Let $\mathcal{C}$ be a minimal cyclic $A_{\infty}$ category, as considered in, say Kajiura's thesis, or Kontsevich and Soibelman's deformation theory notes, or http://arxiv.org/abs/math/0412149. I.e. it's a minimal $A_{\infty}$ category in the usual sense, with a nondegenerate symmetric pairing $\langle\bullet,\bullet\rangle$ between $\mathrm{Ext}^i(x,y)$ and $\mathrm{Ext}^{n-i}(y,x)$ such that $\langle m_s(\bullet,\ldots,\bullet),\bullet\rangle$ is cyclically invariant (up to the usual sign horror) for every $s$, where the $m_s$ are the (higher) composition operations in the category $\mathcal{C}$. The number $n$ here is fixed throughout.

Now say that $x$ and $y$ are isomorphic objects of $\mathcal{C}$, in the sense that there are morphisms $f:x\rightarrow y$ and $g:y\rightarrow x$, such that $m_2(f,g)=\mathrm{id}_y$ and $m_2(g,f)=\mathrm{id}_x$.

My question is: is there a quick proof that $\mathrm{End}_{\mathcal{C}}(x)$ and $\mathrm{End}_{\mathcal{C}}(y)$ are isomorphic as cyclic $A_{\infty}$ algebras? E.g. we want a morphism $F$ of $A_{\infty}$ algebras such that $F_1$ pulls back the pairing $\langle\bullet,\bullet\rangle$ and there are equalities $\sum_{i+j=t}\langle F_i,F_j\rangle=0$ for all $t\geq 3$. While this is hopefully true, I can't find a reference anywhere, and unless f and g are strict, in the sense that they vanish for all higher compositions, I don't see a quick proof.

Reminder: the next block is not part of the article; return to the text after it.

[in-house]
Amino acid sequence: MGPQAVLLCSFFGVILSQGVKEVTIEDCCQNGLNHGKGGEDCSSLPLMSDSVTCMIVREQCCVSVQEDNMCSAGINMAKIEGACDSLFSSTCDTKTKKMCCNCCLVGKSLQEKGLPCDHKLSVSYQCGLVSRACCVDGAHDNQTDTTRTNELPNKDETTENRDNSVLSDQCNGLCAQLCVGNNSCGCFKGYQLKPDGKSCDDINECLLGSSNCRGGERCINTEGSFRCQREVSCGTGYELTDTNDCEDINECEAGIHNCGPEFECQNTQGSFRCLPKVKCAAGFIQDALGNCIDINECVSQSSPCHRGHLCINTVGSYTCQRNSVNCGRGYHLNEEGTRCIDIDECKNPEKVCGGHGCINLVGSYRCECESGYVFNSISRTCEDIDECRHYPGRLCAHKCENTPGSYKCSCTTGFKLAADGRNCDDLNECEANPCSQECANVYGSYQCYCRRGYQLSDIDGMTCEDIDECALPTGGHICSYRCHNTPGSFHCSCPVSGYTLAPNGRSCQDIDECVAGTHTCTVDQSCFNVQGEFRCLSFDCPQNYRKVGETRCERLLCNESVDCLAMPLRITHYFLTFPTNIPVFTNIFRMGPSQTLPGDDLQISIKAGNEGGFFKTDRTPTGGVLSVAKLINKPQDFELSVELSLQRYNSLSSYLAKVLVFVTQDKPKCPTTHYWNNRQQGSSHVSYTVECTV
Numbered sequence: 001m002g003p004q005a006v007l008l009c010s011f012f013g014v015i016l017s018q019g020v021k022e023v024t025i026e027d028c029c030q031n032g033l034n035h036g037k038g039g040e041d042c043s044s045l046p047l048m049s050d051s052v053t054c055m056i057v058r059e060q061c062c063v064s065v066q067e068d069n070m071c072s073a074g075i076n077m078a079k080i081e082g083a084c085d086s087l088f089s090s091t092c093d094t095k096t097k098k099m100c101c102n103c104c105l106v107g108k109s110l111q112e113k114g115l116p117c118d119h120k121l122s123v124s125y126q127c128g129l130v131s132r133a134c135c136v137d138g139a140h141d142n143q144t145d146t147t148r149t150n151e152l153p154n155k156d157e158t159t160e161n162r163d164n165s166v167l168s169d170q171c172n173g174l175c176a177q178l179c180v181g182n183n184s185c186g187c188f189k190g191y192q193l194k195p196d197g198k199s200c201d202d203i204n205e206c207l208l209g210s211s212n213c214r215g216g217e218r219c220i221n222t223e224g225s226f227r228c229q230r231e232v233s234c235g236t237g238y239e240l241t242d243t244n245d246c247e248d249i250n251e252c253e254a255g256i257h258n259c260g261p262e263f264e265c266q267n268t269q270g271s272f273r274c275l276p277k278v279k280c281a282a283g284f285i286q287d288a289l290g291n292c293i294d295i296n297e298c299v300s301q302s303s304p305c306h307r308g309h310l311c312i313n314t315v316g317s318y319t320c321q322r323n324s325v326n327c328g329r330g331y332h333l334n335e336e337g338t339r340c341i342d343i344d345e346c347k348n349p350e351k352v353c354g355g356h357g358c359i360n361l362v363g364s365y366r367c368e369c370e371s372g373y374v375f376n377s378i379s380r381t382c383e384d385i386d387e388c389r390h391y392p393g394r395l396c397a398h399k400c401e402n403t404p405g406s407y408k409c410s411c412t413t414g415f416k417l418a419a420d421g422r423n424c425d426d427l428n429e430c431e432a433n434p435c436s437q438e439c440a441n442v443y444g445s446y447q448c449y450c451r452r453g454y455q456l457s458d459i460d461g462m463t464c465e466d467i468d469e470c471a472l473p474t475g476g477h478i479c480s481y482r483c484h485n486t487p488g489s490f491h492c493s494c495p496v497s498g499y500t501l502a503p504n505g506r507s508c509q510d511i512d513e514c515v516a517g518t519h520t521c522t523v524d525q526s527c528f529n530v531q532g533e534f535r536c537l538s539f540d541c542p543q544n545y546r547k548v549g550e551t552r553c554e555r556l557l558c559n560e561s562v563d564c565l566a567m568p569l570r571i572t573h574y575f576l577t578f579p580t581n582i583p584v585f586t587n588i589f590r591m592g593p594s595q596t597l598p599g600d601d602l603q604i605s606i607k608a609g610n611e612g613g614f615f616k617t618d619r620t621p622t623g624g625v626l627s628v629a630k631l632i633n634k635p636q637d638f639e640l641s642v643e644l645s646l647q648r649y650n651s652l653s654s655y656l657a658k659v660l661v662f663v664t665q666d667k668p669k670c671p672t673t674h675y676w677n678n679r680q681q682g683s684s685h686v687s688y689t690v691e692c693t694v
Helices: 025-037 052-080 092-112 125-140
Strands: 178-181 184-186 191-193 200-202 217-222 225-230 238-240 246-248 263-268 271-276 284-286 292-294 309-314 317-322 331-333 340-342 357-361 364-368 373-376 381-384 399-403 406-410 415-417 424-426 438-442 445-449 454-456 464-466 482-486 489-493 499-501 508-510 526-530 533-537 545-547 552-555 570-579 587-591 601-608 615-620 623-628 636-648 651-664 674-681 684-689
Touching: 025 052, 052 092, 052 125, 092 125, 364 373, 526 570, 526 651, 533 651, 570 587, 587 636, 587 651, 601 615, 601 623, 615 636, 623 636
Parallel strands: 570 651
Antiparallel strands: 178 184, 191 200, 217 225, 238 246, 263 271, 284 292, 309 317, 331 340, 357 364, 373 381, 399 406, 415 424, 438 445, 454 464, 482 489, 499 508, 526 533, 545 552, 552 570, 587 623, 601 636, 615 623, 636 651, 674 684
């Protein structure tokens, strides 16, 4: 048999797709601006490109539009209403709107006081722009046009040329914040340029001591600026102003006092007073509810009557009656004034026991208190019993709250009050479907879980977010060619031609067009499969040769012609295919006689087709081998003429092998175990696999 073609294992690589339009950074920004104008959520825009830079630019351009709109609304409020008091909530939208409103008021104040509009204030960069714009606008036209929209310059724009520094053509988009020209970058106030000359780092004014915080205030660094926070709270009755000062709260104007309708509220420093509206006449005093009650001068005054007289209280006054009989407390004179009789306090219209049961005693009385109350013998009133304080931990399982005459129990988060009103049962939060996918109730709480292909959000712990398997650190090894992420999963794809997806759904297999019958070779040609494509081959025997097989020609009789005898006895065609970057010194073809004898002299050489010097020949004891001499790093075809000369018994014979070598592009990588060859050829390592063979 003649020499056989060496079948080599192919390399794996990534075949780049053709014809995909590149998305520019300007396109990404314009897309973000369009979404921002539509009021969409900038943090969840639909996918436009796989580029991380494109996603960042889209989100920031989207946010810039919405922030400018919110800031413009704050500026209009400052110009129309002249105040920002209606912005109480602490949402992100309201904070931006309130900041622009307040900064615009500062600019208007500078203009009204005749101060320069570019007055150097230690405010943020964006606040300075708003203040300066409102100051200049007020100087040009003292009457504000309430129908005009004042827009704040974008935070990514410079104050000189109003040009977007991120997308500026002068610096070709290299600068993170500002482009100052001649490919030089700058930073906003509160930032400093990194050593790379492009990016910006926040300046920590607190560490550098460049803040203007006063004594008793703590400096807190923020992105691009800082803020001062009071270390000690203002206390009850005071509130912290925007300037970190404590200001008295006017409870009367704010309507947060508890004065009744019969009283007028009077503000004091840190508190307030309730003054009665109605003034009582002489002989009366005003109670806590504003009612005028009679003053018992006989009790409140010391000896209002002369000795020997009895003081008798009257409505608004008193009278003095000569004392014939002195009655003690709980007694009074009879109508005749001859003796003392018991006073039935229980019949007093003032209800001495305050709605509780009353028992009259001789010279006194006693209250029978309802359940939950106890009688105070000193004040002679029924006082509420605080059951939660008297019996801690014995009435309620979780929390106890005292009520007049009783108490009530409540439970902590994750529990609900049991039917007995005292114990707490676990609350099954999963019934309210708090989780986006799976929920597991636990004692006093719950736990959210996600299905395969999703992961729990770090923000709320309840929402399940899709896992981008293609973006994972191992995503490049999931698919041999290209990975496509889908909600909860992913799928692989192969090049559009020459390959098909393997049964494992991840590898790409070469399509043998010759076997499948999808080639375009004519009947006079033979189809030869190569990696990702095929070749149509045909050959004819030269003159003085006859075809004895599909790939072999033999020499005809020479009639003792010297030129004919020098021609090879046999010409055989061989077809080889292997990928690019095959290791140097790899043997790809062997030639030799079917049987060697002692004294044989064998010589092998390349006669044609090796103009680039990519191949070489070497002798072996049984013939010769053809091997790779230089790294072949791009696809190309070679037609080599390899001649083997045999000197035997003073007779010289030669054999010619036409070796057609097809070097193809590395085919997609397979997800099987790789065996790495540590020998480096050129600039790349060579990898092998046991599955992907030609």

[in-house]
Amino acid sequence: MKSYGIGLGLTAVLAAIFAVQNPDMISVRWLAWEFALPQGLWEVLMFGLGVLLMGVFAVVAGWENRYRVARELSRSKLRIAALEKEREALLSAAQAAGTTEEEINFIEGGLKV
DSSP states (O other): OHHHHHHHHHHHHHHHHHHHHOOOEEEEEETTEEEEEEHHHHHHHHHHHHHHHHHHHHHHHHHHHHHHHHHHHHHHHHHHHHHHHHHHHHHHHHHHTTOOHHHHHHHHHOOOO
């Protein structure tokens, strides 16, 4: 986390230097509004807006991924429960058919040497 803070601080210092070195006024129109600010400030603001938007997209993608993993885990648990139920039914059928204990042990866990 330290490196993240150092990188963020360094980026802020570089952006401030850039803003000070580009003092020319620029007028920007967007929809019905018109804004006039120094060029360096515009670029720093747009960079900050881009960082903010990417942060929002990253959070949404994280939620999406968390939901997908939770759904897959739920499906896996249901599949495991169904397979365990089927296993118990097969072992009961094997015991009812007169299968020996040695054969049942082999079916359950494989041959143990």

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    $\begingroup$ As an update: it seems that it is possible to prove this statement by first running some homological perturbation theory argument, basically the same as the approach to strictifying units found in Lefevre-Hasegawa's thesis, but correcting with Hamiltonian vector flows instead of arbitrary isomorphisms of formal pointed dg manifolds, since we're in the cyclic setting. The outcome of this argument is that the action of the two object category containing just x and y can be replaced with one for which $\textrm{id}_x$, $\textrm{id}_y$, $f$ and $g$ are all strict, then the result is easy. $\endgroup$ – Ben Davison Nov 21 '12 at 0:22
  • $\begingroup$ E.g. just take $F_1(a)=m_2(f,m_2(a,g))$ and $F_i=0$ for all $i\geq 2$. This isn't a quick proof (the HPT is a bit involved), but I guess it's the best we can do. Although I'd be happy to be proved wrong. $\endgroup$ – Ben Davison Nov 21 '12 at 0:26

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